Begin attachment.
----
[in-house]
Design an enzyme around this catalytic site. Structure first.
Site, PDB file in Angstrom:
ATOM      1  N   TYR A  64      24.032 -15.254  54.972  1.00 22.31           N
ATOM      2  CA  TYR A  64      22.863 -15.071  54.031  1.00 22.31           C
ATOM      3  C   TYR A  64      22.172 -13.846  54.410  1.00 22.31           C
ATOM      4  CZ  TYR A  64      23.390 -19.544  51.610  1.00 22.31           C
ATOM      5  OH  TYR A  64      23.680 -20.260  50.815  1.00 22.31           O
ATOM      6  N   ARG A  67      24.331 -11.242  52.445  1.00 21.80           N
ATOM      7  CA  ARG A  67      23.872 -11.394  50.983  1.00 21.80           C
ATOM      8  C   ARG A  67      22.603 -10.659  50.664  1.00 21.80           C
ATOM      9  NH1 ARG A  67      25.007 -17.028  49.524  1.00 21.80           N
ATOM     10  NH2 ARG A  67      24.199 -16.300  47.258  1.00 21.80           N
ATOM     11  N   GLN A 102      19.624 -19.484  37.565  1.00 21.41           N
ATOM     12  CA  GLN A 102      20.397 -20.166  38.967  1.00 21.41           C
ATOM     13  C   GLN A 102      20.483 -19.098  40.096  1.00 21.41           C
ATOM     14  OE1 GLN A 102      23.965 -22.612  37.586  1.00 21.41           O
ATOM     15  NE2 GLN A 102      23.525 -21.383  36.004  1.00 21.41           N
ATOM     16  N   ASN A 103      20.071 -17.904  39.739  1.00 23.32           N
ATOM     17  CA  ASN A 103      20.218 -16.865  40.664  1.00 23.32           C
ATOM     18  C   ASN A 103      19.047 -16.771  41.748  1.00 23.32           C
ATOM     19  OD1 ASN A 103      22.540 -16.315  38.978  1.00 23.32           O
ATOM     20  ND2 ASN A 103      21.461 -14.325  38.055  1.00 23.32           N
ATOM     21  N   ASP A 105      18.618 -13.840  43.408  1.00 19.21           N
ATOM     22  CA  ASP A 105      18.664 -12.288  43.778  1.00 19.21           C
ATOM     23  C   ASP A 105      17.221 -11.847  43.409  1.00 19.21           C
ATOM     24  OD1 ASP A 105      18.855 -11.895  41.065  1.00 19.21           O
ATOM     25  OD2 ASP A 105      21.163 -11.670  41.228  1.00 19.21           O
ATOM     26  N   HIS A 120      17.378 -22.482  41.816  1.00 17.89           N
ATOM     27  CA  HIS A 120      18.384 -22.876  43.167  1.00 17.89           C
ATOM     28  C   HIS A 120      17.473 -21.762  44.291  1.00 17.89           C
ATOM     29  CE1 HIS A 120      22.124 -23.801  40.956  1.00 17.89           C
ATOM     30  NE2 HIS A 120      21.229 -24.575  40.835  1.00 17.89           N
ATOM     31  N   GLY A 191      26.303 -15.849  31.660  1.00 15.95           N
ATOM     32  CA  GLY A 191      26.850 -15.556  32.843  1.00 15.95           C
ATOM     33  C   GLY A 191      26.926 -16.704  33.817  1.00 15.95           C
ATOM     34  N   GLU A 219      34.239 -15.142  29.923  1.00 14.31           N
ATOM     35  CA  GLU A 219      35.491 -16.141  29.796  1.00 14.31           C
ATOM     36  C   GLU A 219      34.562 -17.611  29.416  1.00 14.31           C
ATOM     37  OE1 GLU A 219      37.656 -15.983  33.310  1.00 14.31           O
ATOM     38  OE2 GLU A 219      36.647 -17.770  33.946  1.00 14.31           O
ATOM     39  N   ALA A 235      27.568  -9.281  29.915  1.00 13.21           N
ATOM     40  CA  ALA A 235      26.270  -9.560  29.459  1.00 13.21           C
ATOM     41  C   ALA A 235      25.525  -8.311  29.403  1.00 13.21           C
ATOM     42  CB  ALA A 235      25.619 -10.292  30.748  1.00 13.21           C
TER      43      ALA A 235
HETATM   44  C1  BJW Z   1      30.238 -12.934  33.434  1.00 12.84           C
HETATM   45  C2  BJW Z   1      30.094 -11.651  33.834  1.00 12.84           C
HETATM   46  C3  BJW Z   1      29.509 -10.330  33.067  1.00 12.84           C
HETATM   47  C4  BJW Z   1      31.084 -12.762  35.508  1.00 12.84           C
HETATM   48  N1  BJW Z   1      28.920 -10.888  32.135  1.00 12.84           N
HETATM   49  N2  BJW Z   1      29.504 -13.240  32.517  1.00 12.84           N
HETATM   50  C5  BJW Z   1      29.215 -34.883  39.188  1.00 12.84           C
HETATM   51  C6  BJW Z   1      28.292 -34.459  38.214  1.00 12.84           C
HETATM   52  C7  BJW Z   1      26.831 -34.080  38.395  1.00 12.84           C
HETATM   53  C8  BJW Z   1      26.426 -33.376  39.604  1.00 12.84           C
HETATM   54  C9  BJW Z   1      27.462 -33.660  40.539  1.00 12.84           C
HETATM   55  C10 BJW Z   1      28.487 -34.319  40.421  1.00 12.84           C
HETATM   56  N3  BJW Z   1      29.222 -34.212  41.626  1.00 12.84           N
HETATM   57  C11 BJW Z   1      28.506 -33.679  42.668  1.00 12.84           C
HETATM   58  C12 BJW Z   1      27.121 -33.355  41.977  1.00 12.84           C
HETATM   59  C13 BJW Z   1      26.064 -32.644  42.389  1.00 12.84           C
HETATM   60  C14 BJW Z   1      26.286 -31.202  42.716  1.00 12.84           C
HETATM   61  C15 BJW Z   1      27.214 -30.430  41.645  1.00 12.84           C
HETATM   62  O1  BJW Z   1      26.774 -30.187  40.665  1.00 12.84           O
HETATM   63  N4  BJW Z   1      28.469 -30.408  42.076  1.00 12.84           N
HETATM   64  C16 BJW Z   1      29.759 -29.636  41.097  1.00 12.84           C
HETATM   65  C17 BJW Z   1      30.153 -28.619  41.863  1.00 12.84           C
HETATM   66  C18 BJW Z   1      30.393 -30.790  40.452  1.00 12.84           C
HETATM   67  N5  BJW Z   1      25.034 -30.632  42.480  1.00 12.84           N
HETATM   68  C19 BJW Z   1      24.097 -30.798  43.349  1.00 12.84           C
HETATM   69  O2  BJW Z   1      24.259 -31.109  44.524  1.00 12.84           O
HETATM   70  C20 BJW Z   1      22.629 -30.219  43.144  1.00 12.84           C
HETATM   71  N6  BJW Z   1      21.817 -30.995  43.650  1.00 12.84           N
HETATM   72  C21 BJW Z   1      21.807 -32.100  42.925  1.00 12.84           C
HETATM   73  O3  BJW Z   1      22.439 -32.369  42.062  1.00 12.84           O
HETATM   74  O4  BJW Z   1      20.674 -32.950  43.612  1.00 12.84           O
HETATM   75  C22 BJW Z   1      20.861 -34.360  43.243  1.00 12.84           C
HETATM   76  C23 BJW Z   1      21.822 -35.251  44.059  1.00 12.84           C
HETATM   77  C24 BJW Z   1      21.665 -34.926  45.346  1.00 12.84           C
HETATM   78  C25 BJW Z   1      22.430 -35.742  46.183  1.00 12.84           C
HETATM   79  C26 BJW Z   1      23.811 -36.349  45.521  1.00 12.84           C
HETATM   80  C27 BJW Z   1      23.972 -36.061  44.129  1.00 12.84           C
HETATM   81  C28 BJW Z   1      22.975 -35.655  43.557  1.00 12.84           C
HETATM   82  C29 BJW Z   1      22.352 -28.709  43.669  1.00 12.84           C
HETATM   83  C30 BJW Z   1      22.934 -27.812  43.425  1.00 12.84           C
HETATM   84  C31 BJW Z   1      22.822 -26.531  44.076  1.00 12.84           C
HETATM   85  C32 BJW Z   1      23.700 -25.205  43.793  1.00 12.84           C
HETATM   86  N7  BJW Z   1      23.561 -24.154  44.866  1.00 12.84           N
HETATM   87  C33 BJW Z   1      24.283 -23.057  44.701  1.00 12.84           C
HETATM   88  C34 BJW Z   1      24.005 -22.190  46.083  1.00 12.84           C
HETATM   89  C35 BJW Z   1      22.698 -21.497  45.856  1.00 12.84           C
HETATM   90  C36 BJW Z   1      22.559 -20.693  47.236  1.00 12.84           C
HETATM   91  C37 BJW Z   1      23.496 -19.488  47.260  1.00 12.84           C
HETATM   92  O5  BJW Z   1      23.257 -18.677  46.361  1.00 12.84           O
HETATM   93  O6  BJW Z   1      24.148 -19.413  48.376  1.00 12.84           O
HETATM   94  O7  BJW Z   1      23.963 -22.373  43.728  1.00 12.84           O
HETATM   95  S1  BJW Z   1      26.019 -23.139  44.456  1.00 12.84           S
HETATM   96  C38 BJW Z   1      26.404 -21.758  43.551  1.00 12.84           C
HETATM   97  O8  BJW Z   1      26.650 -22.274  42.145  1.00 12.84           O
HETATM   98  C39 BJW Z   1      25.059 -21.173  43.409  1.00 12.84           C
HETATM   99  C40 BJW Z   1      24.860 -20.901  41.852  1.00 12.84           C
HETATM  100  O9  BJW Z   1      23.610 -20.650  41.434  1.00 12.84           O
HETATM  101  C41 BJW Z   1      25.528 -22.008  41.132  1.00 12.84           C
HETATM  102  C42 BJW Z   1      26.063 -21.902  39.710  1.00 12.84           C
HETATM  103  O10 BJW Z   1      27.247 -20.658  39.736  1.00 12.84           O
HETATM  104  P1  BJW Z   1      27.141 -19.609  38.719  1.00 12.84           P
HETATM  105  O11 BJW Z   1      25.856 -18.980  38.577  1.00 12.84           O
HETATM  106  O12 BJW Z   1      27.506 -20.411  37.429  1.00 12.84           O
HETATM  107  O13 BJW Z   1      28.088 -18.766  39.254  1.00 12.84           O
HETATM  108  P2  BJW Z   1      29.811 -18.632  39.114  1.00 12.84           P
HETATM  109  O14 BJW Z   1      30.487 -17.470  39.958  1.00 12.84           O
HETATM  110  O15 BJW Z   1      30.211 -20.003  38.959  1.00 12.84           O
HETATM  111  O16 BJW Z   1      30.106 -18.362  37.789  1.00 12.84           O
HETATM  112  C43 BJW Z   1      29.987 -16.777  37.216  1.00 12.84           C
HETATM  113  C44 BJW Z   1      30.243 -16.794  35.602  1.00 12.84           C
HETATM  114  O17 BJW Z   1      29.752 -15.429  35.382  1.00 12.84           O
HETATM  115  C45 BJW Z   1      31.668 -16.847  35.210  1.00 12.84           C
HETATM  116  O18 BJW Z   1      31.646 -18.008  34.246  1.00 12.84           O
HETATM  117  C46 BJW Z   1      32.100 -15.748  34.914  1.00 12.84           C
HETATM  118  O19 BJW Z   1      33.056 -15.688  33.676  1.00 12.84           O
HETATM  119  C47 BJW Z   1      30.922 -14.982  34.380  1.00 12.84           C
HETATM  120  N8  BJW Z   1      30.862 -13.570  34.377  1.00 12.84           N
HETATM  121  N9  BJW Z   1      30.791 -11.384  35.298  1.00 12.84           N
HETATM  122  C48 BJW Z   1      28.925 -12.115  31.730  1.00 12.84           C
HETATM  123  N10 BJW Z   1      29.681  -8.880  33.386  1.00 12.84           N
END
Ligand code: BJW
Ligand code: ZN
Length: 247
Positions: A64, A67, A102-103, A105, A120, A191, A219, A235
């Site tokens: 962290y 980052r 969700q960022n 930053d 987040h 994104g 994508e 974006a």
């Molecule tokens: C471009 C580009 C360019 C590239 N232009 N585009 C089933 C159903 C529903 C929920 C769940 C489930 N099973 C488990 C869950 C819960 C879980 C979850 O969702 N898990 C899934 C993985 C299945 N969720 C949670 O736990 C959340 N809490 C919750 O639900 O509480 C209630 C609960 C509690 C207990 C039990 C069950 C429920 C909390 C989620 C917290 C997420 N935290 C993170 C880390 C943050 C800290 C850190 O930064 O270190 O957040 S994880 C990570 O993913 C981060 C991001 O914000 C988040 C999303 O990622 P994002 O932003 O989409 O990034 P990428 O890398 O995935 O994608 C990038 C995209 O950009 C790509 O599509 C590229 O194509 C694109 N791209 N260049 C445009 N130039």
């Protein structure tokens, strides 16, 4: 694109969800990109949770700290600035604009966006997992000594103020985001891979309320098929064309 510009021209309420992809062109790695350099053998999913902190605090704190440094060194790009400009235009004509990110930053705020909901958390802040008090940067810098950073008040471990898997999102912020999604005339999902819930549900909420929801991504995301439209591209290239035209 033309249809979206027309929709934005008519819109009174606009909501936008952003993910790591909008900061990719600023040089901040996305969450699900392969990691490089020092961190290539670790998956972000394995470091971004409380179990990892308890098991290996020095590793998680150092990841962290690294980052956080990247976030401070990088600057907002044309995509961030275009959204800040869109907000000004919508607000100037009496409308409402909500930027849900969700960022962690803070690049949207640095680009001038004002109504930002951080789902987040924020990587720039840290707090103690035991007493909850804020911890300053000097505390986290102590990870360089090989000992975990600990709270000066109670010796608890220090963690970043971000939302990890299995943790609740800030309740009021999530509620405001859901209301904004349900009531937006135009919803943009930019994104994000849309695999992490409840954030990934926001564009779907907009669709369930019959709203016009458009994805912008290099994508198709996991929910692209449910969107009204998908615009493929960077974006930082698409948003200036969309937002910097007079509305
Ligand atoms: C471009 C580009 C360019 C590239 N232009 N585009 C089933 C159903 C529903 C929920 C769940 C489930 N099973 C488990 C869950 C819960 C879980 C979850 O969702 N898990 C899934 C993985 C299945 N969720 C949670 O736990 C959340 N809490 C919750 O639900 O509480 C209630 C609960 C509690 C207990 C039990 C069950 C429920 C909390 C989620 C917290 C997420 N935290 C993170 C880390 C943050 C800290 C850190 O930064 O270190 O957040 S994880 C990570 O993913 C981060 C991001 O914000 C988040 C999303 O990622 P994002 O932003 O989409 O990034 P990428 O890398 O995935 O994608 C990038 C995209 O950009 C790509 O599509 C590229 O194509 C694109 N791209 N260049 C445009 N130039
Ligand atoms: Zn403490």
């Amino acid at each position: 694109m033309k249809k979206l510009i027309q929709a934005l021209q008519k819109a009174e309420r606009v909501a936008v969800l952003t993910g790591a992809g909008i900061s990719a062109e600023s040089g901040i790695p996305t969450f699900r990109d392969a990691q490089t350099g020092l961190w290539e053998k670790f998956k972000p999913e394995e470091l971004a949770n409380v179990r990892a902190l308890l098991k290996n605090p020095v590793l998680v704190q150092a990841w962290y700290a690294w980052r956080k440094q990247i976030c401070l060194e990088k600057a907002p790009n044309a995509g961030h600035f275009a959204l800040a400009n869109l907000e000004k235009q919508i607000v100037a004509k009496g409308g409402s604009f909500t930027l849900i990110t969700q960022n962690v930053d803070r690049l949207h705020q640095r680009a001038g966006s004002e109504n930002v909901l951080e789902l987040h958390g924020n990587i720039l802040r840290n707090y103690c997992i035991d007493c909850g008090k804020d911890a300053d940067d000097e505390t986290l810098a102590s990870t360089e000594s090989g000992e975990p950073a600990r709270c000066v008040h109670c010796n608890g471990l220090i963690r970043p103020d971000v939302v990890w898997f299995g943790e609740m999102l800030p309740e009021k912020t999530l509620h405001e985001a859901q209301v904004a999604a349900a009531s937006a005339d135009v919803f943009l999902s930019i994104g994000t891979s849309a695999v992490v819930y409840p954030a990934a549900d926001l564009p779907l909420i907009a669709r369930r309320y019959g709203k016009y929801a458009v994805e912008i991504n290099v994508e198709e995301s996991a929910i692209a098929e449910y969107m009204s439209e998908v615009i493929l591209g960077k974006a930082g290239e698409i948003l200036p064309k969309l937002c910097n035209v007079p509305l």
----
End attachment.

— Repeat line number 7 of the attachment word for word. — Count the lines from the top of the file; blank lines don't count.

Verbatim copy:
ATOM      4  CZ  TYR A  64      23.390 -19.544  51.610  1.00 22.31           C